Friday, December 26, 2008

We woke up today to brilliant sunshine. We were in Gold Harbour, which was full of not only sunshine, but also hanging glaciers, icebergs, and a beach full of penguins and elephant seals (and few if any fur seals). It also seemed to be about 60 degrees outside, with no wind. Alas, as we were going to breakfast, we could see clouds roll in from the ocean, and fog roll in from the mountains. So until we left on the zodiac, we were wondering how much the situation would deteriorate.

The weather ended up being very good. There were a few drops just before we loaded the zodiacs, and a couple drops shortly after we came on shore, but that was it. On the shore, we had a much easier time than the last couple of days. There were hardly any fur seals, so we could more or less walk around in peace. Instead of fur seals, there were a ton of elephant seals, which are more friendly and more fun to watch. For the first time, we saw some males - juveniles most likely. Male elephant seals have huge noses that protrude something like an elephant trunk, hence the name. All of the elephant seals - male and female - were continually fighting with one another. Elephant seals don't usually group up like we saw them, but this was the moulting season, so they were huddled up together for warmth.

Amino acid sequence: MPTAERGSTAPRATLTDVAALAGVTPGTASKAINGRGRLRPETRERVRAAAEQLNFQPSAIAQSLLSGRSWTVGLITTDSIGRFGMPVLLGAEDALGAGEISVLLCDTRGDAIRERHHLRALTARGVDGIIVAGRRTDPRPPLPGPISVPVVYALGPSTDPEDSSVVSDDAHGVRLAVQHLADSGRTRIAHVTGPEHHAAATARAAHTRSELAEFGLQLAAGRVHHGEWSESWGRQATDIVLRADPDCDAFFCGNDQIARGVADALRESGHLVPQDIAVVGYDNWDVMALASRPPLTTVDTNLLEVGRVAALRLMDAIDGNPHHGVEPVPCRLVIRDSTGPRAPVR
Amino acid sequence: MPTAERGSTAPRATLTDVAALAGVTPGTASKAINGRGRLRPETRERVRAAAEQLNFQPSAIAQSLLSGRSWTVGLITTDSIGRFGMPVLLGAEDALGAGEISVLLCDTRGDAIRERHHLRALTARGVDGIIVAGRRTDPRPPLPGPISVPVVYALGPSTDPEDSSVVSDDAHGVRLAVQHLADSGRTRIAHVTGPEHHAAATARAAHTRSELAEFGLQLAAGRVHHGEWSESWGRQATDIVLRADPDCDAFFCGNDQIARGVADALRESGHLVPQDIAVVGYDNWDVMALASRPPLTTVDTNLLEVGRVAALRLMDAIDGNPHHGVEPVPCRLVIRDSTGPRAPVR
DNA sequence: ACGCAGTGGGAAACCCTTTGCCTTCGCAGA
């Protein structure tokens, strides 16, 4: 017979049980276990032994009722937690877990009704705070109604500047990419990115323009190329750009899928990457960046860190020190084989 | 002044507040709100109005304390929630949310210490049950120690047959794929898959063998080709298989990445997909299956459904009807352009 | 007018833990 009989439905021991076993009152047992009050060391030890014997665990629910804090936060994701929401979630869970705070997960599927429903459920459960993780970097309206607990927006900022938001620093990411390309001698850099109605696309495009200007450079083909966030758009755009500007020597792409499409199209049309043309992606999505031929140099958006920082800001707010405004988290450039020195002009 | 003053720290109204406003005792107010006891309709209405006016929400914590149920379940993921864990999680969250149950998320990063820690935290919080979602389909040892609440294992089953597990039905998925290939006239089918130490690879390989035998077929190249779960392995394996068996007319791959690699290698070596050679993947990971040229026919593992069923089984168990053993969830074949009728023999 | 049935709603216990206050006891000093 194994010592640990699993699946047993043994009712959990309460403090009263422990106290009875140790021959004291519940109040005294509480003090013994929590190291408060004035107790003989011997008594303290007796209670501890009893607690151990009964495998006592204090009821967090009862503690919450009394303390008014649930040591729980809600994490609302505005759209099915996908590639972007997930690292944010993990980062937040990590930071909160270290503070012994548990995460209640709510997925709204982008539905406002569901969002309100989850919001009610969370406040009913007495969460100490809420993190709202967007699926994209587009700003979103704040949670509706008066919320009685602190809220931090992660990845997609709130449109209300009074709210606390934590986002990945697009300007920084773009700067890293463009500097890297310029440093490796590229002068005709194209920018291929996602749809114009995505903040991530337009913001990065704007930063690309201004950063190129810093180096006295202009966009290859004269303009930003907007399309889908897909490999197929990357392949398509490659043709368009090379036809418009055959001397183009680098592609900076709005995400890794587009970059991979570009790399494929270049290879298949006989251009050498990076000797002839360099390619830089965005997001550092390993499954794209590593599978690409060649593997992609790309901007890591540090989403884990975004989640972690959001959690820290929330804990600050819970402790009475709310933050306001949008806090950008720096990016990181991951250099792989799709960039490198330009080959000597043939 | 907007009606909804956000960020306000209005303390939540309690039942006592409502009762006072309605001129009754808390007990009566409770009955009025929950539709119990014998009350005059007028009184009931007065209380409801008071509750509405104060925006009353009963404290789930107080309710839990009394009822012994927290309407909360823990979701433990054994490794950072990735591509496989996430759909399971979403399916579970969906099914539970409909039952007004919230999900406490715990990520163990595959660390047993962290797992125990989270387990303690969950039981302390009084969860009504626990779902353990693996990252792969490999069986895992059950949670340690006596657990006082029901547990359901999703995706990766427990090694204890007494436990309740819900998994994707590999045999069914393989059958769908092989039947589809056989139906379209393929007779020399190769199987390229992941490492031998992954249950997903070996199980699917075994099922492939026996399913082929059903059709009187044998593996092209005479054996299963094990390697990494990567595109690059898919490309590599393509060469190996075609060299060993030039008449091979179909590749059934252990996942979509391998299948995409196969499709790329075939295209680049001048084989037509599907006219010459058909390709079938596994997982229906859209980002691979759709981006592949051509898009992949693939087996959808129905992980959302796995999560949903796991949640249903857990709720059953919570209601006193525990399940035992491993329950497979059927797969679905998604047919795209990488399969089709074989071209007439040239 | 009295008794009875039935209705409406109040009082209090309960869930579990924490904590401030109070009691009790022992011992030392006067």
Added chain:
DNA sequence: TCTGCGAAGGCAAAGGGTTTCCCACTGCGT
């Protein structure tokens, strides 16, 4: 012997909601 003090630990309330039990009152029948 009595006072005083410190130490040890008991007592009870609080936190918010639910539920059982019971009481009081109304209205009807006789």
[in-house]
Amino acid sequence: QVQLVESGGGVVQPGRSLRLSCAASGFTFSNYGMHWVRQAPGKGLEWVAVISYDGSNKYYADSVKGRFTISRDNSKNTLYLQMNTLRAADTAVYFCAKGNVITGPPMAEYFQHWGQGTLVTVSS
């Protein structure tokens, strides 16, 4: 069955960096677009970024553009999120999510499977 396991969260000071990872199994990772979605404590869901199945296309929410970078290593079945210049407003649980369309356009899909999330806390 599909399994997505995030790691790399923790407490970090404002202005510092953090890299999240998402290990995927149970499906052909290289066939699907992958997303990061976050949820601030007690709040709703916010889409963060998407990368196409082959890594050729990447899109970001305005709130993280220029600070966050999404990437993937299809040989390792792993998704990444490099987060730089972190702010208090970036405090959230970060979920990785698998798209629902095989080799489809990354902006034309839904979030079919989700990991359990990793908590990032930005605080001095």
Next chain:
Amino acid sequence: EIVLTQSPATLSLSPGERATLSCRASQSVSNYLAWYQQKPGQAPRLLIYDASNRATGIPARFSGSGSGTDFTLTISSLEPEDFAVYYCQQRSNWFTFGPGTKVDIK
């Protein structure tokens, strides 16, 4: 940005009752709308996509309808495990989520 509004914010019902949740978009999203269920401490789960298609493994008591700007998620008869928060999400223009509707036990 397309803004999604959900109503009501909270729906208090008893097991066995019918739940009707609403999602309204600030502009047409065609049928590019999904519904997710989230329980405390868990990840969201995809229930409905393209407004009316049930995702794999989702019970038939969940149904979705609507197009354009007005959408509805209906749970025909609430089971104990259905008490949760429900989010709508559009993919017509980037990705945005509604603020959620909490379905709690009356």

As with our previous excursions, there were thousands of king penguins. Unlike our previous excursions, though, there were a lot going into and coming out of the ocean. There were several groups swimming around like ducks, right near the shore. Our guides explained they were waiting for the rest of their hunting group to come out, and at that point they would all go out as a group - safety in numbers. In addition to the king penguins and the elephant seals, there were also gentoo penguins, fur seals, kelp gulls, and blue-eyed shags. The fur seals were so dispersed, however, that we didn't have much trouble finding a walking path.

Near one end of the beach, there was a large hanging glaciers that was dropping ice chunks here and there - we never caught them on film or video, though. There were also icebergs in the bay. Near the southern tip of South Georgia there are quite a few icebergs, most likely blown up from Antarctica until they get stuck in shallow water.